As you might expect, The Berenstain Bears Play a Good Game, written and illustrated by Jan and Mike Berenstain, is a story about playing a game. In this case, the game is soccer, as both Brother and Sister Bear are avid soccer players. They are both on the same team, the Rockets, which is coached by Papa Bear. He doesn’t know much about soccer but he knows how to cheer his team on. And, their motto is the old familiar one: “It’s not whether you win or lose that counts, but how you play the game.” But one team in the league, the Steamrollers, has the opposite motto. Their coach tells them, “It isn’t how you play the game that counts, but whether you win or lose!”
When the two teams meet up, of course there is trouble. The Steamrollers “roll” right over the Rockets. For the most part, the Steamrollers play fair, but the Rockets are just no match for them. When the score is 5-0 in favor of the Steamrollers, things start to heat up. Brother and Sister Bear set up a sneaky play that scores them their first goal of the game. Then the biggest player on the opposing team, Too-Tall, fouls Sister Bear, knocking her flat on her back. She’s okay, but Papa Bear is concerned about his daughter so Papa starts yelling at the coach of the opposing team. The ref tries to keep them apart, but he’s helpless to control the situation when everyone starts spilling out of the stands and onto the field.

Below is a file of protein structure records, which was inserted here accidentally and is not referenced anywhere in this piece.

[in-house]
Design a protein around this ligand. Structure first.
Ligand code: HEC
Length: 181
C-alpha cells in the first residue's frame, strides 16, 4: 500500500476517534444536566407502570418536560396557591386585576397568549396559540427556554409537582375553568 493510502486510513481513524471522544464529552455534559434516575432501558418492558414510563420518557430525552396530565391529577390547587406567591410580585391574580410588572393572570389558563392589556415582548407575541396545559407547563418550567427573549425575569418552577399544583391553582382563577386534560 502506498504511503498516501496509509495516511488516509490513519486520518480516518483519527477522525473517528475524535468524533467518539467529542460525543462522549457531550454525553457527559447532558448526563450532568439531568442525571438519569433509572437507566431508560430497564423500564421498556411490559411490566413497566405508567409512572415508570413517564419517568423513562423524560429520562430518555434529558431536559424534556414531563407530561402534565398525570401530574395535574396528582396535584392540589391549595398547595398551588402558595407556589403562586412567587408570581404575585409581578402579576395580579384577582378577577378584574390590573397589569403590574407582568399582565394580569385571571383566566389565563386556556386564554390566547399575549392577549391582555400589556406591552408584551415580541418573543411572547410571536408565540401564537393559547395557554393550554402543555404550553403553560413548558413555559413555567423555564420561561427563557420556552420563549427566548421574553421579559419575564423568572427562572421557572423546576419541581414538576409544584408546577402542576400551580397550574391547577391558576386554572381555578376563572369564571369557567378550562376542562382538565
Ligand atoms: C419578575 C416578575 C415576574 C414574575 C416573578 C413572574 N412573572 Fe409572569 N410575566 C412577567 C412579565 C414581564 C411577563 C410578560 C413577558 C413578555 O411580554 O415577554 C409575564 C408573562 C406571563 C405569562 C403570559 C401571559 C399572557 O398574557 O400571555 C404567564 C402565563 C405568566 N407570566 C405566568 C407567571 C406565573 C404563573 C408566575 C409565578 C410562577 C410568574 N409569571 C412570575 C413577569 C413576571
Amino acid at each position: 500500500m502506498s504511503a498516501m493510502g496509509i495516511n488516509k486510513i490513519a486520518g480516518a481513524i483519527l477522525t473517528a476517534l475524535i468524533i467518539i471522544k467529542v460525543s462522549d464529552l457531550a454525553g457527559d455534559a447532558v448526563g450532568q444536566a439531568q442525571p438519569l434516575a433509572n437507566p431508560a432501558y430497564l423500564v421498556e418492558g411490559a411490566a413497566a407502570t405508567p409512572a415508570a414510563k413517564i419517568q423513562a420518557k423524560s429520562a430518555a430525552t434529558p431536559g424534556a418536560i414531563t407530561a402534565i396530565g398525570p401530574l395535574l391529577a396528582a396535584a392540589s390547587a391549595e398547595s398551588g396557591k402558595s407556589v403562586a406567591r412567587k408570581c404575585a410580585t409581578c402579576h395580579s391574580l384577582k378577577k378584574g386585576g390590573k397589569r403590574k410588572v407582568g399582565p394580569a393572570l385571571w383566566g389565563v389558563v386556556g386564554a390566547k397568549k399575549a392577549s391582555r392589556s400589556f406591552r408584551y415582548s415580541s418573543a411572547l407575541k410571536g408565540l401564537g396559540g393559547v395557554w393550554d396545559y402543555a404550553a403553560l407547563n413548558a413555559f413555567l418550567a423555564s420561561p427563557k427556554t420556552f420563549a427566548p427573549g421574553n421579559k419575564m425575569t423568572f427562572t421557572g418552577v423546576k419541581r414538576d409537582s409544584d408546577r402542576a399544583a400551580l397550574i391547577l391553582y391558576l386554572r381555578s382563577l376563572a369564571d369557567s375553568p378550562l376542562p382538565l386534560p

The excitement is quelled when an old bear, Missus Ursula, a former Sunday school teacher, comes onto the field. She shames both the coaches who are former students in her Sunday school class. “I’m very disappointed with both of you,” she says. “Is this the way I taught you to behave in my Sunday school? Is this any sort of example to set for the cubs?” When she quotes the Bible, “Blessed are the peacemakers, for they will be called sons of God,” she has the two coaches shake hands. The game then continues with both sides playing fair.
As with all the “Living Lights” series of books, there is a section at the back of the book called “Activities and Questions from Brother and Sister Bear.” There are two questions about what the reader thinks of the story and three different sports-related activities for kids.
The illustrations are the typical, bright, cartoon-like pictures used in all Berenstain Bear picture books.
What I Like: I like the fact that Missus Ursula quoted a Bible verse in her dialogue. A different Bible verse, Matthew 5:16, is given on the title page as the basis for the story.
What I Dislike: I like reading new Berenstain Bear books as I like to see what new topics the series covers. Sportsmanship is always a good topic for a children’s book. But I was a bit disappointed with this story ending; I think it was a bit too predictable. I’m not sure how I would have changed it to make it better, but I think the issue should have been resolved by someone other than Missus Ursula.
Overall Rating: However, the overall rating is still very good.
Age Appeal: 4-8.
Publisher Info: Zonderkidz, 2009; ISBN: 0310712521; Paperback, $3.99.
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Special Info: Read our other reviews of Berenstain Bears books.